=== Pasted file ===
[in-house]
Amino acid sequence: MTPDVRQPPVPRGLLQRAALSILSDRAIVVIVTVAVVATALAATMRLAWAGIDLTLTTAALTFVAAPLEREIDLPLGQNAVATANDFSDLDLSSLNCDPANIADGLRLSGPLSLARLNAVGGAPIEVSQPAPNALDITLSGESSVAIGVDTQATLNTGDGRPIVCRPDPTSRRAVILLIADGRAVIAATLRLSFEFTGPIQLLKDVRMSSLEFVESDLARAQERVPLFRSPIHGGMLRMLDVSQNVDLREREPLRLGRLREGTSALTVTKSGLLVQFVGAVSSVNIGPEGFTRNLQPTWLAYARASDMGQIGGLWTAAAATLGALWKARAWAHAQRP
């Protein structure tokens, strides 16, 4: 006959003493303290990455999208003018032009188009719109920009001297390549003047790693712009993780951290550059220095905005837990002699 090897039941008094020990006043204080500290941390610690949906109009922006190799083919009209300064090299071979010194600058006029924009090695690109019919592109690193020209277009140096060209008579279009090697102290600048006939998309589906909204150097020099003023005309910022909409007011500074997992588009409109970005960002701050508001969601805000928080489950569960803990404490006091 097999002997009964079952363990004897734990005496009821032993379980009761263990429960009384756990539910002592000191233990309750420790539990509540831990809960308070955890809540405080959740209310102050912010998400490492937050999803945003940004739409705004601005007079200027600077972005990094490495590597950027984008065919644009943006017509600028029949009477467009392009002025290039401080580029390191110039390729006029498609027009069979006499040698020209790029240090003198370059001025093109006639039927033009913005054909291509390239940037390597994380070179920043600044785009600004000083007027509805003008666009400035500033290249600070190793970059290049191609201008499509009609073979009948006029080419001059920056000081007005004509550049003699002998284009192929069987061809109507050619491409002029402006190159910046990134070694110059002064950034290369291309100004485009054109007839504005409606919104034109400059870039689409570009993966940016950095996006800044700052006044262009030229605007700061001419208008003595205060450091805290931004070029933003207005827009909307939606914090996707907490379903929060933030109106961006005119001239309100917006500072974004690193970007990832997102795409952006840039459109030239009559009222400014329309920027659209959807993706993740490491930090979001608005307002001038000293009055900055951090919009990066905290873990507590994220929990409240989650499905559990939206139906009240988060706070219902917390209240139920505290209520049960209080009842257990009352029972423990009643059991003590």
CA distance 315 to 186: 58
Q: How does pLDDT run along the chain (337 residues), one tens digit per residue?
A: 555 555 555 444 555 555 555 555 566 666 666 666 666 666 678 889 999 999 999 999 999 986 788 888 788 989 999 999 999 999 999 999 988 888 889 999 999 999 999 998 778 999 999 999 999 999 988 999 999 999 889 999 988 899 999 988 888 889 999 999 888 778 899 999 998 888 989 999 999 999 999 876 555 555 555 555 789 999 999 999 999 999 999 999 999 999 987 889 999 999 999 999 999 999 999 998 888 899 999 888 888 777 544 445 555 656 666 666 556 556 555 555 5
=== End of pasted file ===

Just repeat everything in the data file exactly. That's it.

[in-house]
Amino acid sequence: MTPDVRQPPVPRGLLQRAALSILSDRAIVVIVTVAVVATALAATMRLAWAGIDLTLTTAALTFVAAPLEREIDLPLGQNAVATANDFSDLDLSSLNCDPANIADGLRLSGPLSLARLNAVGGAPIEVSQPAPNALDITLSGESSVAIGVDTQATLNTGDGRPIVCRPDPTSRRAVILLIADGRAVIAATLRLSFEFTGPIQLLKDVRMSSLEFVESDLARAQERVPLFRSPIHGGMLRMLDVSQNVDLREREPLRLGRLREGTSALTVTKSGLLVQFVGAVSSVNIGPEGFTRNLQPTWLAYARASDMGQIGGLWTAAAATLGALWKARAWAHAQRP
């Protein structure tokens, strides 16, 4: 006959003493303290990455999208003018032009188009719109920009001297390549003047790693712009993780951290550059220095905005837990002699 090897039941008094020990006043204080500290941390610690949906109009922006190799083919009209300064090299071979010194600058006029924009090695690109019919592109690193020209277009140096060209008579279009090697102290600048006939998309589906909204150097020099003023005309910022909409007011500074997992588009409109970005960002701050508001969601805000928080489950569960803990404490006091 097999002997009964079952363990004897734990005496009821032993379980009761263990429960009384756990539910002592000191233990309750420790539990509540831990809960308070955890809540405080959740209310102050912010998400490492937050999803945003940004739409705004601005007079200027600077972005990094490495590597950027984008065919644009943006017509600028029949009477467009392009002025290039401080580029390191110039390729006029498609027009069979006499040698020209790029240090003198370059001025093109006639039927033009913005054909291509390239940037390597994380070179920043600044785009600004000083007027509805003008666009400035500033290249600070190793970059290049191609201008499509009609073979009948006029080419001059920056000081007005004509550049003699002998284009192929069987061809109507050619491409002029402006190159910046990134070694110059002064950034290369291309100004485009054109007839504005409606919104034109400059870039689409570009993966940016950095996006800044700052006044262009030229605007700061001419208008003595205060450091805290931004070029933003207005827009909307939606914090996707907490379903929060933030109106961006005119001239309100917006500072974004690193970007990832997102795409952006840039459109030239009559009222400014329309920027659209959807993706993740490491930090979001608005307002001038000293009055900055951090919009990066905290873990507590994220929990409240989650499905559990939206139906009240988060706070219902917390209240139920505290209520049960209080009842257990009352029972423990009643059991003590």
CA distance 315 to 186: 58
Q: How does pLDDT run along the chain (337 residues), one tens digit per residue?
A: 555 555 555 444 555 555 555 555 566 666 666 666 666 666 678 889 999 999 999 999 999 986 788 888 788 989 999 999 999 999 999 999 988 888 889 999 999 999 999 998 778 999 999 999 999 999 988 999 999 999 889 999 988 899 999 988 888 889 999 999 888 778 899 999 998 888 989 999 999 999 999 876 555 555 555 555 789 999 999 999 999 999 999 999 999 999 987 889 999 999 999 999 999 999 999 998 888 899 999 888 888 777 544 445 555 656 666 666 556 556 555 555 5